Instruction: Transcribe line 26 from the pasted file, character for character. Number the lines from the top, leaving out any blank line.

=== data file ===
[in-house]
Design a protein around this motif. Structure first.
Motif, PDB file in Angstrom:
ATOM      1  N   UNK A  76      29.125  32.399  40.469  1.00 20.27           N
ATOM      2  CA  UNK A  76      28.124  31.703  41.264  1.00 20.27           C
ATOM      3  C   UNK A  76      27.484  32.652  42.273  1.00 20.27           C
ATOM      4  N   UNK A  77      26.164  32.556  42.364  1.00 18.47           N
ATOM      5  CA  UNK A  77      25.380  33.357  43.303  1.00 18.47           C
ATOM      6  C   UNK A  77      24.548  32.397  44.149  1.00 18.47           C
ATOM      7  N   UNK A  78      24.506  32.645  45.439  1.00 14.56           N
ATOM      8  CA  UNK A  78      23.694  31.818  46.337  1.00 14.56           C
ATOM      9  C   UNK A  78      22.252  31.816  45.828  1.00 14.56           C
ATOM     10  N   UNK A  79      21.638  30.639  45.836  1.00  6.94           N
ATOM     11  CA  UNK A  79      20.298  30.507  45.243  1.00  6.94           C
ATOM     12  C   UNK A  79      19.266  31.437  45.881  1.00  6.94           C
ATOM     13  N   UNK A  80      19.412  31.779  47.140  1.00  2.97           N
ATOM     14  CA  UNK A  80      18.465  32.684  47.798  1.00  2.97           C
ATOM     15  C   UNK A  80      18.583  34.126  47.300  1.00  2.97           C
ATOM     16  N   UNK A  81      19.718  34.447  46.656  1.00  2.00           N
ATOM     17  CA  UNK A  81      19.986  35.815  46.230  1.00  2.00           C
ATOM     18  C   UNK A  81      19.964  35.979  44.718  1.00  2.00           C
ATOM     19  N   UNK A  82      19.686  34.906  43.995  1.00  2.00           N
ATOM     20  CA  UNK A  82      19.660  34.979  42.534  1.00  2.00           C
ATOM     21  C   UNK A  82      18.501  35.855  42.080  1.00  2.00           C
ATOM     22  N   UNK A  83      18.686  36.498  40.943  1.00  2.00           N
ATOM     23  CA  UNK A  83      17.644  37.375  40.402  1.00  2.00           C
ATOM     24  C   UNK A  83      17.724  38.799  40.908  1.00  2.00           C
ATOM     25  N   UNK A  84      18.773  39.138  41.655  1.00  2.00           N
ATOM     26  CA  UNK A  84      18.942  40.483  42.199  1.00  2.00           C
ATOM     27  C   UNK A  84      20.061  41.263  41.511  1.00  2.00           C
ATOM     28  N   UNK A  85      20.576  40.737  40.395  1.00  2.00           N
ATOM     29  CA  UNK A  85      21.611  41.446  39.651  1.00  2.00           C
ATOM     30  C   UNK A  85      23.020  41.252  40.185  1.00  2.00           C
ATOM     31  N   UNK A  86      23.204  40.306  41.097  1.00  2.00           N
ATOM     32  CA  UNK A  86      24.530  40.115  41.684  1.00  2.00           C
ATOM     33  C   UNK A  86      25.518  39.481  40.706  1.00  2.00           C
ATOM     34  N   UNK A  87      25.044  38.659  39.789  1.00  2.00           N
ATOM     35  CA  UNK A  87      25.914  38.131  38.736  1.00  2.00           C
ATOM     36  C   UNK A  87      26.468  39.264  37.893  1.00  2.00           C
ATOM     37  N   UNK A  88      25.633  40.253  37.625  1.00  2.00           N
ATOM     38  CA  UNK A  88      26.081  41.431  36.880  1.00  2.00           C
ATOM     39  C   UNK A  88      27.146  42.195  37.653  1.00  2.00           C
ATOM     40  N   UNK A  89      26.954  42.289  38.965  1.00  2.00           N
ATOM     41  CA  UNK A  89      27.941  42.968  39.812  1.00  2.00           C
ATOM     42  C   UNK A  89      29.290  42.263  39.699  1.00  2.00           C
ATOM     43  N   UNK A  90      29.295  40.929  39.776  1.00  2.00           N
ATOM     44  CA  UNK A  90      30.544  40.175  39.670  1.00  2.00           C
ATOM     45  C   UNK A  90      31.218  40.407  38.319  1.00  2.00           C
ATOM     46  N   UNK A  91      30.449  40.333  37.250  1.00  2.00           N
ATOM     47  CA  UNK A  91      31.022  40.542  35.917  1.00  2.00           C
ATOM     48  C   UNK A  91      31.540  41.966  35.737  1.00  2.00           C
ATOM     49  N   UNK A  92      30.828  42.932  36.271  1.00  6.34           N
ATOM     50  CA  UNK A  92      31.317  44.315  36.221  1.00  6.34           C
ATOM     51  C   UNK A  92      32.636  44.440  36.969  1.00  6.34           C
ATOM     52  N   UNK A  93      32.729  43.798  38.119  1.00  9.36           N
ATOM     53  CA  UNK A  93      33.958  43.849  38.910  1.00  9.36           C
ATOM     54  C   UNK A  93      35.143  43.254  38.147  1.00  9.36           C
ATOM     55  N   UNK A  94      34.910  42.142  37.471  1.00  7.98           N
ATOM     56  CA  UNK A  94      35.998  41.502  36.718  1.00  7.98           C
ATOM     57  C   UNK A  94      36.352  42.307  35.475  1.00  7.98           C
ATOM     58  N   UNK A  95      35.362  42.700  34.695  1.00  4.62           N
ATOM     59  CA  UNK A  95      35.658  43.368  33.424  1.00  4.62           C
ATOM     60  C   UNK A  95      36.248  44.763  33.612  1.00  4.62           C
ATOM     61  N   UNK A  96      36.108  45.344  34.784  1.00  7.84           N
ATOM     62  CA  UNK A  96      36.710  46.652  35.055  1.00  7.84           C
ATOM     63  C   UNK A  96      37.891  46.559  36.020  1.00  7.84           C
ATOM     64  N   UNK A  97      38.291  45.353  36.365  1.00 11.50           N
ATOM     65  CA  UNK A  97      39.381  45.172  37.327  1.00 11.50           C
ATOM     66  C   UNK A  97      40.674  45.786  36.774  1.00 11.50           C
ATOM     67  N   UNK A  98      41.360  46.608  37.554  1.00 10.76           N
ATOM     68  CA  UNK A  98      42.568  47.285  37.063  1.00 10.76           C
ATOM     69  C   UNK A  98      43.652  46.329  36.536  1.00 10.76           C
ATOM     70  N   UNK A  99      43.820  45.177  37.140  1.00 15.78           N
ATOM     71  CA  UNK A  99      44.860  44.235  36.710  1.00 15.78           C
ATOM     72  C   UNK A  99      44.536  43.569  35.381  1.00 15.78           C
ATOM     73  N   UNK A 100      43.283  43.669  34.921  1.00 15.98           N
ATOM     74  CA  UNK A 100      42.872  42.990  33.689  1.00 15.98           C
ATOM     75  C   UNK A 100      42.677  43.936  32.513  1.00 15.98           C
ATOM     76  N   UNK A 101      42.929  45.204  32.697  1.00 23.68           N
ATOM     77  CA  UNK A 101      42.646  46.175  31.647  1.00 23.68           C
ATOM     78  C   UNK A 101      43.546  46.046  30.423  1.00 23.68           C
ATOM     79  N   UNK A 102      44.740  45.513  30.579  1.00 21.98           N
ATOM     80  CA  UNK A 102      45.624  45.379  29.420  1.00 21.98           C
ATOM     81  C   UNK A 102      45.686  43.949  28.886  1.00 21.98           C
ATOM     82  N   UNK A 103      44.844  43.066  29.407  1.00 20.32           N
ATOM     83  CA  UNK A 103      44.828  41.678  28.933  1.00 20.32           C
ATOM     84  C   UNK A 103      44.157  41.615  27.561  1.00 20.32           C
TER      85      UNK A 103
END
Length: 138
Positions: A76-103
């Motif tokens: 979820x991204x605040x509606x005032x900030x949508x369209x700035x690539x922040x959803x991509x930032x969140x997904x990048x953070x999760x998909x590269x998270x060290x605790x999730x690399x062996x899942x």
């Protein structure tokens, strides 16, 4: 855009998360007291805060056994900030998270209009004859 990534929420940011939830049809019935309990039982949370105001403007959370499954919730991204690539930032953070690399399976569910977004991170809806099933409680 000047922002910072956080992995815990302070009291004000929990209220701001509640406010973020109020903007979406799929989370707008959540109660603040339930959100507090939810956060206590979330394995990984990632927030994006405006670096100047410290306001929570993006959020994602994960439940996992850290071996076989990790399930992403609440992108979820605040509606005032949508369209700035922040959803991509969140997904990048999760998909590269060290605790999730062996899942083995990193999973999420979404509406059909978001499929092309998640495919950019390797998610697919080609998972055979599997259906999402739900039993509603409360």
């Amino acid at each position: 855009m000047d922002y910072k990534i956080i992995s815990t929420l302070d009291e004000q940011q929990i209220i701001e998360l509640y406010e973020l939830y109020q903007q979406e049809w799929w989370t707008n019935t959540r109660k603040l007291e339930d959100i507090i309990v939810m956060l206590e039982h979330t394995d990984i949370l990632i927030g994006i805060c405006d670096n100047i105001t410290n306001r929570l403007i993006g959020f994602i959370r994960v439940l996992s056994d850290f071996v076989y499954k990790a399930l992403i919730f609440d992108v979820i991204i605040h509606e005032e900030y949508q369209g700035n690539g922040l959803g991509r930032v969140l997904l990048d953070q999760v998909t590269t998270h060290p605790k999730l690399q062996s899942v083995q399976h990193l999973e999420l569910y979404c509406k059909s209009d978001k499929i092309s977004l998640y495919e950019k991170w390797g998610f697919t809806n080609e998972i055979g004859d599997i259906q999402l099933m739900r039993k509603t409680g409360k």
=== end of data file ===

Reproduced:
ATOM     23  CA  UNK A  83      17.644  37.375  40.402  1.00  2.00           C